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HomeNewsLocal newsZoning Variance Requested for Historic Great House on St. Croix

Zoning Variance Requested for Historic Great House on St. Croix

The open space below the Great House may contain the remains of Rachel Faucette, Alexander Hamilton’s mother. (Susan Ellis photo)

St. Croix residents in a few years might be able to have their wedding receptions at the Great House at No. 10 Estate Grange, Company Quarter, then wander the gardens looking at old Danish statues and the place where Alexander Hamilton’s mother is purported to be buried.

The first step to make this historic area open more to the public, as the current owners see it, is to get a zoning change.

Steve Baker, one of two property owners of Estate Grange, presented his case for a zoning variance at a Department of Planning and Natural Resources public hearing in August.

Friday, he was at the Senate Committee of the Whole hearing continuing the process to obtain the variance for a residential low-density zoning designation on the parcel in Estate Grange, Company Quarter. The parcel includes a little over 26 acres.

At the meeting, senators posed questions to Steve and Young Baker, the property owners. A decision on whether to grant the variance to allow for office space, event building rental, solar and wind energy development, research and testing of technology, agricultural production and sales, and short-term housing at the property will be made in a full Senate session.

When questioned about what he meant by solar and wind energy development, Baker, an electrical engineer and business developer, said he would be testing how to develop an affordable kit, combining alternative energy with batteries to get a home or business producing its own power. (A solar vendor on St. Thomas offered such a kit 20 years ago, but it did not catch on; only a couple sold. Technology has become more efficient, and costs have dropped since then.)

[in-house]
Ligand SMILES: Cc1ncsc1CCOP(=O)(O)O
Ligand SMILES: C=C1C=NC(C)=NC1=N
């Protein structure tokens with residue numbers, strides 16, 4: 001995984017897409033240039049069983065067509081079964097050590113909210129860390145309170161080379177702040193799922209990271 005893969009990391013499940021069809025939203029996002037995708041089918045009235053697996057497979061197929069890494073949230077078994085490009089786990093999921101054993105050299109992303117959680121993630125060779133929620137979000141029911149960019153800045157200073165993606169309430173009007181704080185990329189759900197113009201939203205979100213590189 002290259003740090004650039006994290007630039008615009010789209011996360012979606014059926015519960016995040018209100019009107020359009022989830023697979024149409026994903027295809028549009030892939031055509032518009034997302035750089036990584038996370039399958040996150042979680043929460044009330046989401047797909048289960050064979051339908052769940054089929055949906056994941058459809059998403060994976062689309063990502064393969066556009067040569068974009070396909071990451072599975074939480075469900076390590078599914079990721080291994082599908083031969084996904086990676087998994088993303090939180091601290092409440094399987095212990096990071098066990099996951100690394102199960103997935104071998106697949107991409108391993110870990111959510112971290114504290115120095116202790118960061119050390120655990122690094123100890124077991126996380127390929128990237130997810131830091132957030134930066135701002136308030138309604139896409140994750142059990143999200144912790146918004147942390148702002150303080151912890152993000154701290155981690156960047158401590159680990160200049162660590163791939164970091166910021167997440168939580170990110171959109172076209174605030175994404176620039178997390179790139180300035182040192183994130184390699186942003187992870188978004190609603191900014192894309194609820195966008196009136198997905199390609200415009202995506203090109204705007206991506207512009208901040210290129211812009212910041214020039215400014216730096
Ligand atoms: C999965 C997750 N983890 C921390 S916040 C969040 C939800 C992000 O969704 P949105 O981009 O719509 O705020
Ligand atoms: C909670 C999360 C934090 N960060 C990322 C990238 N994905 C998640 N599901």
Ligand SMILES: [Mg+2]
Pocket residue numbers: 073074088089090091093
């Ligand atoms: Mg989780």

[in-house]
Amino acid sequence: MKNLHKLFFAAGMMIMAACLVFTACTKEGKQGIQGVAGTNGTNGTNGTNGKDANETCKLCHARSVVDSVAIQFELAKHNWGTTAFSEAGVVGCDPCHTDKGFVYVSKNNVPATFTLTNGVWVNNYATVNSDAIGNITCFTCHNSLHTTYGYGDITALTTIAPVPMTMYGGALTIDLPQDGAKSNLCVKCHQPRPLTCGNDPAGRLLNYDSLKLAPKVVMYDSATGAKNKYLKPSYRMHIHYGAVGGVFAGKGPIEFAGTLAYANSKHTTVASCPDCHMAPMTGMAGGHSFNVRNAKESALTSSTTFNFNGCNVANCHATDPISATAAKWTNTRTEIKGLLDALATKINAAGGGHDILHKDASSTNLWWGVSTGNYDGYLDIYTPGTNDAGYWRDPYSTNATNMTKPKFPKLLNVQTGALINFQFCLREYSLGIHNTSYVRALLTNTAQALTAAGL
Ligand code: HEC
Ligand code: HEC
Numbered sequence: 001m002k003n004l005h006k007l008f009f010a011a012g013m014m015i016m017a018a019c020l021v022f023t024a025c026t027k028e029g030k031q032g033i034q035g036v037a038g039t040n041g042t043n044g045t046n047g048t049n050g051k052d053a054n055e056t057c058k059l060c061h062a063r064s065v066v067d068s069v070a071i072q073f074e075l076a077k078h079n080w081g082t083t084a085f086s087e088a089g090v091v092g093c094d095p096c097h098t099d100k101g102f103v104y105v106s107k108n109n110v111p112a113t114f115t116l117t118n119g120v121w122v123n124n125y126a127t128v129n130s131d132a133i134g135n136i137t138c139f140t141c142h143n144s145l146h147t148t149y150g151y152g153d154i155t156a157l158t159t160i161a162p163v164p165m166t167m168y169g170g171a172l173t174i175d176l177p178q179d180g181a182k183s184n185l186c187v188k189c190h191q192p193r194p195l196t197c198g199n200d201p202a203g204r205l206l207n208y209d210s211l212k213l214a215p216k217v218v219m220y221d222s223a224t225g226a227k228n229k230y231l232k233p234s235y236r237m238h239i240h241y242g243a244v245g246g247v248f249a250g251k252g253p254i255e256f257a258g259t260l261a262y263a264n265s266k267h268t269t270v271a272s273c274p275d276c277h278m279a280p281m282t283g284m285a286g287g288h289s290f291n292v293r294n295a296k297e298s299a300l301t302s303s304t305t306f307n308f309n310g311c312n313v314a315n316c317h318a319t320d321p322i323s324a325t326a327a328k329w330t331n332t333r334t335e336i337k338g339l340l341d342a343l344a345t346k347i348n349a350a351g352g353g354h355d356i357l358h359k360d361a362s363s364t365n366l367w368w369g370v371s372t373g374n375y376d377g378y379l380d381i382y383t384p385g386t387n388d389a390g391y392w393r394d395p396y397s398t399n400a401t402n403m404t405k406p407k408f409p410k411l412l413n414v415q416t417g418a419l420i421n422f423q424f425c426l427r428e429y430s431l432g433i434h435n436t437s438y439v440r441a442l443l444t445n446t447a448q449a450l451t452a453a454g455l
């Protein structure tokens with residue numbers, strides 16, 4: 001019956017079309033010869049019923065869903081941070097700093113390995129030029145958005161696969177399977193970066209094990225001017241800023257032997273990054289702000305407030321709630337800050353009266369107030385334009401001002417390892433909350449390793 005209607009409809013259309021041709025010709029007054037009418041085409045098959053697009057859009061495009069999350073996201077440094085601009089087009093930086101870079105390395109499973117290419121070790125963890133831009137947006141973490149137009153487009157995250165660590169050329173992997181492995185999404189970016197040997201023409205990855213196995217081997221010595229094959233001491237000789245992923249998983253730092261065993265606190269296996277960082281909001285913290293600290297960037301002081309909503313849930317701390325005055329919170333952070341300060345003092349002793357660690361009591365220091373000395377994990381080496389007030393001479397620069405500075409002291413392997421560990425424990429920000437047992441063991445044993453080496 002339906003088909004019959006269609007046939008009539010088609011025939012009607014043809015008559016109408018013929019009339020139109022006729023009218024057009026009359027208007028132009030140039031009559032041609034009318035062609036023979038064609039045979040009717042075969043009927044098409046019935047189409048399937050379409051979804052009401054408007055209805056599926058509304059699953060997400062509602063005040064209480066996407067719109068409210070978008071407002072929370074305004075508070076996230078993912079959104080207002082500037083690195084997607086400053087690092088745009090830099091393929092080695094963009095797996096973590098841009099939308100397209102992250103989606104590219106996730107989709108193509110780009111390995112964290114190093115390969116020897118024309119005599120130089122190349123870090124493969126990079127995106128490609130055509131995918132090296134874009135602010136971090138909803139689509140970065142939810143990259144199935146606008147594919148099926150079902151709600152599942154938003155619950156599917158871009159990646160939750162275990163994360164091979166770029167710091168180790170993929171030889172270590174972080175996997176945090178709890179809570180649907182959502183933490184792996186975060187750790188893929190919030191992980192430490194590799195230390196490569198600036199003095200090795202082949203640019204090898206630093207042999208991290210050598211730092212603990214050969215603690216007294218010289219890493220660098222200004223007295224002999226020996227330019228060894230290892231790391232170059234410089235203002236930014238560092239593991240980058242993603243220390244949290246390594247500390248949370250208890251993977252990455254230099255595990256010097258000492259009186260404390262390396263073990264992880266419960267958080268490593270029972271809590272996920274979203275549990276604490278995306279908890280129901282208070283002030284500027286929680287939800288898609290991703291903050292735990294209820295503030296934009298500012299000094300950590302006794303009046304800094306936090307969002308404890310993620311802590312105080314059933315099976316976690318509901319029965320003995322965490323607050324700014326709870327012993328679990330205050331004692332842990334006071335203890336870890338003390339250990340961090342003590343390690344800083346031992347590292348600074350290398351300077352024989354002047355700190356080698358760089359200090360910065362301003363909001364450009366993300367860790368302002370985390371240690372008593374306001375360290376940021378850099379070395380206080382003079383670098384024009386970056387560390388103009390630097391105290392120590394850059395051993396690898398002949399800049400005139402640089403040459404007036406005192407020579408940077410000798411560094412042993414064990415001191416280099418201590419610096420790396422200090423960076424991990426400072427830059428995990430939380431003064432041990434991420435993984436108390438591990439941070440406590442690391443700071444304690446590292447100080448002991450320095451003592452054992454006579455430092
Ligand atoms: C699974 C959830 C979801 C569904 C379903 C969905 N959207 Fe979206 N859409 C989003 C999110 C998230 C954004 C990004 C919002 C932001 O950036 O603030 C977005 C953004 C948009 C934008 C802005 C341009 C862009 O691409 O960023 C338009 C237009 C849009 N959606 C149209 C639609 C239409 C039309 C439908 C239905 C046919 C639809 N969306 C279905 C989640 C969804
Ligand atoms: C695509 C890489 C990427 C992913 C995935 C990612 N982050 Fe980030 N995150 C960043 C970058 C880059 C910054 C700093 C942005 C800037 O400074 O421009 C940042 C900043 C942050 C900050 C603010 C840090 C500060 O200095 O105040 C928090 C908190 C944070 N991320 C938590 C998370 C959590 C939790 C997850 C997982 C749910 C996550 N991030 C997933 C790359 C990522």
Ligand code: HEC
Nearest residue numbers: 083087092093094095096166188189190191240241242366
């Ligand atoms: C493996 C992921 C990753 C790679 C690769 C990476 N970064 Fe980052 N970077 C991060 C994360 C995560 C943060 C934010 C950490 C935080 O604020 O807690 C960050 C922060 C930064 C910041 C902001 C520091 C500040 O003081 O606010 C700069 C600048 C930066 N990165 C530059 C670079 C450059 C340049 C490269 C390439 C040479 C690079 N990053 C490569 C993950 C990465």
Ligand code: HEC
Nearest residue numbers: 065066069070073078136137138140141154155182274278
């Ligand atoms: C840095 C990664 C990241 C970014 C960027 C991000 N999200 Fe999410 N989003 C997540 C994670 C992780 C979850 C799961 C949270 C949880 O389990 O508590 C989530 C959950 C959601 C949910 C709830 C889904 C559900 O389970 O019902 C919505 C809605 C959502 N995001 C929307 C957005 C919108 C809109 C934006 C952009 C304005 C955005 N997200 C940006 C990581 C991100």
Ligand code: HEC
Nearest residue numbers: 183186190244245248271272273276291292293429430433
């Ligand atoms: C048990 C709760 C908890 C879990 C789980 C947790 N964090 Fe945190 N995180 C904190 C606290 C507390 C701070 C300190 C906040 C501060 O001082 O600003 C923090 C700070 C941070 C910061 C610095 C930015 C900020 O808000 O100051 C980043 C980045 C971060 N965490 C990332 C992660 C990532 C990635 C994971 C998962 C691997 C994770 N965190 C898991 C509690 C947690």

Senators also had questions about the agricultural end of the project. Young Baker said the vegetables grown would be the ones you see commonly on your table. She said a retail store would be set up on the property frontage on Queen Mary Highway.

Steve Baker said as for growing marijuana, the answer was “a definite no.”

The property is located between the St. Croix Tennis Club and the Public Works Department’s buildings, and there is little besides light residential development in the area.

Steve Baker, who manages Sericore V.I., said the industrial use of the property would be for the assemblage of electrical and emergency communication devices. Sericore V.I. currently operates out of the overseer quarters converted to office space. The plans are to expand the company’s development center to hire software developers, a design engineer and facilities staff.

Sen. Marise James said the proposed development would be “a wonderful economic development for St. Croix.”

Young Baker said when all was complete, 50 people could be employed in the various areas.

Sens. Novelle Francis and Kenneth Gittens expressed regret that the government did not buy the historical property when it had the opportunity. The Bakers bought the property from the Armstrong Trust in 2021.

Francis emphasized that all aspects of the site’s history, including the parts the enslaved people played, must be highlighted. Young Baker said the site would have a kiosk with historical details and would be open for visiting hours.

The Bakers also said a team of stateside university students would arrive in May to do an archaeological study of the area.

Steve Baker said he works in the Great House but wants to add three or four employees and then 10-20 more as they develop solar, wind technology, and agriculture programs on the property.

Baker said the great house and five structures, as well as some of the ruins in the village, could be made livable. They want to rent the Great House for public and private events and weddings. Eventually, he said they will renovate other buildings on the property for short-term and long-term rentals.

Baker said the variance would allow additional employees to work on the property, and then they would repair the Great House and improve the surrounding gardens. The second phase will include storing equipment and machinery to test energy options and to grow climate-controlled produce.

Originally, the property was a sugar plantation and then used for botanical experiments for the king of Denmark. Young Baker said it had also spent a period as a hospital.

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